From the time of Geoffroy of Monmouth (1136) onwards, a major episode of the Arthurian storyline has been his campaign against the Roman King Lucius: a campaign which means that Arthur and his troops must cross the Channel several times, especially after the rebellion of his nephew Mordred. The campaign against Lucius and Mordred’s betrayal make up a significant part of the story, from Geoffrey to Malory through the Vulgate Cycle. For example, in La Mort le roi Artu, Gawain dies in Dover upon his return from this continental campaign. How are these ‘amphibious’ campaigns, marked by a combination of land and naval forces, organized? Does Arthur have a navy? How does he use it? Is the maritime dimension of these campaigns actually put forward by the texts? Do people fight at sea, are coastal cities besieged?

Islands and overseas territories loom large in the Arthurian legend. How do knights cross the sea? Do they do it armed and ready to wage war? And how are these crossings represented in medieval illuminated manuscripts?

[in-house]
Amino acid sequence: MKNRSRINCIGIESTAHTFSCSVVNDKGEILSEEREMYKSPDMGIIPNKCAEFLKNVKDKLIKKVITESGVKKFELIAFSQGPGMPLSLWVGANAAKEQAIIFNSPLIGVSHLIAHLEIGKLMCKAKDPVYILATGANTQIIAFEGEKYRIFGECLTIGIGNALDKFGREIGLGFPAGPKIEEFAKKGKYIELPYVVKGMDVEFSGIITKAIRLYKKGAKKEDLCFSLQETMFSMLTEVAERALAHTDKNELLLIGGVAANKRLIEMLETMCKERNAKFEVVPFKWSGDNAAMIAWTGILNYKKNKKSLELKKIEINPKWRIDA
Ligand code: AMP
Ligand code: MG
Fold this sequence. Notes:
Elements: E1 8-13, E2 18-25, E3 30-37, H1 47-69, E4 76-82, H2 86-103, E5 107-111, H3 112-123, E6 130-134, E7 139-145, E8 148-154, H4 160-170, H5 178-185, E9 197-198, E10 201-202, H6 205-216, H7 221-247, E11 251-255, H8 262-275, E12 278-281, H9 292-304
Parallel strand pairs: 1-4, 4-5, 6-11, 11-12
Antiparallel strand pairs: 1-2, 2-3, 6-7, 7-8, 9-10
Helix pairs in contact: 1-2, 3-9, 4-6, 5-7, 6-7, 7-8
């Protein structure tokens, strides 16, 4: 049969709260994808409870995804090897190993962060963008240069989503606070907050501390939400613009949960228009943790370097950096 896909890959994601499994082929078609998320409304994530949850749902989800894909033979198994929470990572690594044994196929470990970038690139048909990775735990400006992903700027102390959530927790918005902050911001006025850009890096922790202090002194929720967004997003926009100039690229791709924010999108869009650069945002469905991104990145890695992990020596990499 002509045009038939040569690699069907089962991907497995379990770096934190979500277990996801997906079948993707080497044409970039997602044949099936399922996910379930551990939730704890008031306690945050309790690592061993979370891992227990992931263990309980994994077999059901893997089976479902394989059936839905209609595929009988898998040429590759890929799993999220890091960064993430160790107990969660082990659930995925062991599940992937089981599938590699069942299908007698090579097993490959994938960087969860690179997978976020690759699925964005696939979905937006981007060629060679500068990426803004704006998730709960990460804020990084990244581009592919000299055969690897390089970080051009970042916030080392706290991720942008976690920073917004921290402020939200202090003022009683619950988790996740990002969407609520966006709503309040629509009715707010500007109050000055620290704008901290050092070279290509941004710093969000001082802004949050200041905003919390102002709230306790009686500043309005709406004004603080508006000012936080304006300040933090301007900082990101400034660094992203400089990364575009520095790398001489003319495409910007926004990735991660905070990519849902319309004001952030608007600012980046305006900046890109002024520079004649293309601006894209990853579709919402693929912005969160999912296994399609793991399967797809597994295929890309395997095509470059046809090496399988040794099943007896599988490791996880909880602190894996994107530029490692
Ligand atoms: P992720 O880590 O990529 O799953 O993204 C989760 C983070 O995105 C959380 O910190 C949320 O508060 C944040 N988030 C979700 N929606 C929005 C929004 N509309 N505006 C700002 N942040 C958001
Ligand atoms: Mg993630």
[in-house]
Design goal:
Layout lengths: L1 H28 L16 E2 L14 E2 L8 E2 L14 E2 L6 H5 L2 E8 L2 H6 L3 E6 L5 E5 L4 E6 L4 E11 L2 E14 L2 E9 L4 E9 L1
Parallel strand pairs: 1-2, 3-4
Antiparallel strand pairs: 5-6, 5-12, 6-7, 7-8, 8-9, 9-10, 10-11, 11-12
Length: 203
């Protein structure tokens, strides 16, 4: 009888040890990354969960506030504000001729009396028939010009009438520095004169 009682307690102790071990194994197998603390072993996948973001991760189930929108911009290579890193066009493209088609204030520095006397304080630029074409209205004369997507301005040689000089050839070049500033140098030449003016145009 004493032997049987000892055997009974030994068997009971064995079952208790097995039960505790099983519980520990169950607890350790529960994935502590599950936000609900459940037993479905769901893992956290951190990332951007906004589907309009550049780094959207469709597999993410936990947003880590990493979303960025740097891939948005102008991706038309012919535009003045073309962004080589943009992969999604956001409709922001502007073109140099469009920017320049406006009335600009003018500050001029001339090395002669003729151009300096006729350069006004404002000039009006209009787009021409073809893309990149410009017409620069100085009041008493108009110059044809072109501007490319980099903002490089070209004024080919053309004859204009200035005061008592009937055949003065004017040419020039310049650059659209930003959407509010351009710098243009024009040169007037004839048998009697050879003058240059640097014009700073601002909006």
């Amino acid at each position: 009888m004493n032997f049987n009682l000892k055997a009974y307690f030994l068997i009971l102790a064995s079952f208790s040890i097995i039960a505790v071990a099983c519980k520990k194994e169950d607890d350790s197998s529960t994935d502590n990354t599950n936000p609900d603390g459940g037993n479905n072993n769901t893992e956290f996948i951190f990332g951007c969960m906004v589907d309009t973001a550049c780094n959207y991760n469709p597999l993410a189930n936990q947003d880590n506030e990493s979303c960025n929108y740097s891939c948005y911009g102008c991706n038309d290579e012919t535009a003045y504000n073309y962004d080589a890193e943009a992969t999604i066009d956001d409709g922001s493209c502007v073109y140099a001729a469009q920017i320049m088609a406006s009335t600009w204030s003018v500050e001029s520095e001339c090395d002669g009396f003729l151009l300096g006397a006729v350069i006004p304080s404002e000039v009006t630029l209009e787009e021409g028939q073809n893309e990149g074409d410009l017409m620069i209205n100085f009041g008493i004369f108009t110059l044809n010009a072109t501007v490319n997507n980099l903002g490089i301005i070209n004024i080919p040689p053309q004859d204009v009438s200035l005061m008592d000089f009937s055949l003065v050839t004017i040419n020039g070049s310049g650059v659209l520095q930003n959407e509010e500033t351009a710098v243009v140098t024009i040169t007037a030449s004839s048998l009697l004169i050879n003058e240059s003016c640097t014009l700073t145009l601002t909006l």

More historical questions arise when we consider the relationships between the Arthurian legend and military/naval strategy. At the time of the Crusades and other military sea-crossings, how is the Matter of Britain used by rulers? Richard the Lionheart purportedy offered the sword Excalibur to King Tancred of Sicily in exchange for ships to continue with his crusade: this episode and others of the same vein are also to be considered.

Finally, we will investigate how maritime campaigns are described in the Arthurian corpus. Later works in French and in other languages, from the 14th to the 16th century, are often concerned with war at sea, and may even contain descriptions of battles, for example in Isaïe le Triste and Perceforest. Are war at sea and war overseas more frequently described in these later works, written at the time of the great warlike crossings of Edward III and Henry V?